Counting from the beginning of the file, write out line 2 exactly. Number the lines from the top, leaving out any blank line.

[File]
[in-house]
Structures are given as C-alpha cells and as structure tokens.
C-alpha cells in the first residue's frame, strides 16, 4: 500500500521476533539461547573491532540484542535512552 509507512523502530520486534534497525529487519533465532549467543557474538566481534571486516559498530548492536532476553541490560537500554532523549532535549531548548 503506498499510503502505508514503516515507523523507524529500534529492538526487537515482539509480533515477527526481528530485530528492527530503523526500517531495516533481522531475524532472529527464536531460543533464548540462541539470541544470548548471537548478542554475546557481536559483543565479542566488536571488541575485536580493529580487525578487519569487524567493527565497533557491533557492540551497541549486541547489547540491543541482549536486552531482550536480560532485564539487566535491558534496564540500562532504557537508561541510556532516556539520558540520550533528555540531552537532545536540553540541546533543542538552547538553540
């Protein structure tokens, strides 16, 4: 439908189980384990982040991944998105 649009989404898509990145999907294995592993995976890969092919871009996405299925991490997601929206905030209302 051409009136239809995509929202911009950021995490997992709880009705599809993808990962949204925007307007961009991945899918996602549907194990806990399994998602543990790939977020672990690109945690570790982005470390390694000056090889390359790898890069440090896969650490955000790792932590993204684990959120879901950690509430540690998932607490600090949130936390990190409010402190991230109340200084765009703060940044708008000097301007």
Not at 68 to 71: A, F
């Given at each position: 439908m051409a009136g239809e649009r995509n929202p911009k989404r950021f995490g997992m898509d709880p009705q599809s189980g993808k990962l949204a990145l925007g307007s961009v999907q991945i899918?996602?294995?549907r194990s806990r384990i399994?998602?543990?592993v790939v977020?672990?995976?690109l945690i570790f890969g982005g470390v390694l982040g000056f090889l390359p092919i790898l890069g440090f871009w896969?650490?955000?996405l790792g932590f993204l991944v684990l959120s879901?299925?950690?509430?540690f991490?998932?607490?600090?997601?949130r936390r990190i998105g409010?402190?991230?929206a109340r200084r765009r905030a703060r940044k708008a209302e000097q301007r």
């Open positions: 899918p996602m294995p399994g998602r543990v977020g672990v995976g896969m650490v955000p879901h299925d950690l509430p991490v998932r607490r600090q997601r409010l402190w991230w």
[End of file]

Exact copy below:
Structures are given as C-alpha cells and as structure tokens.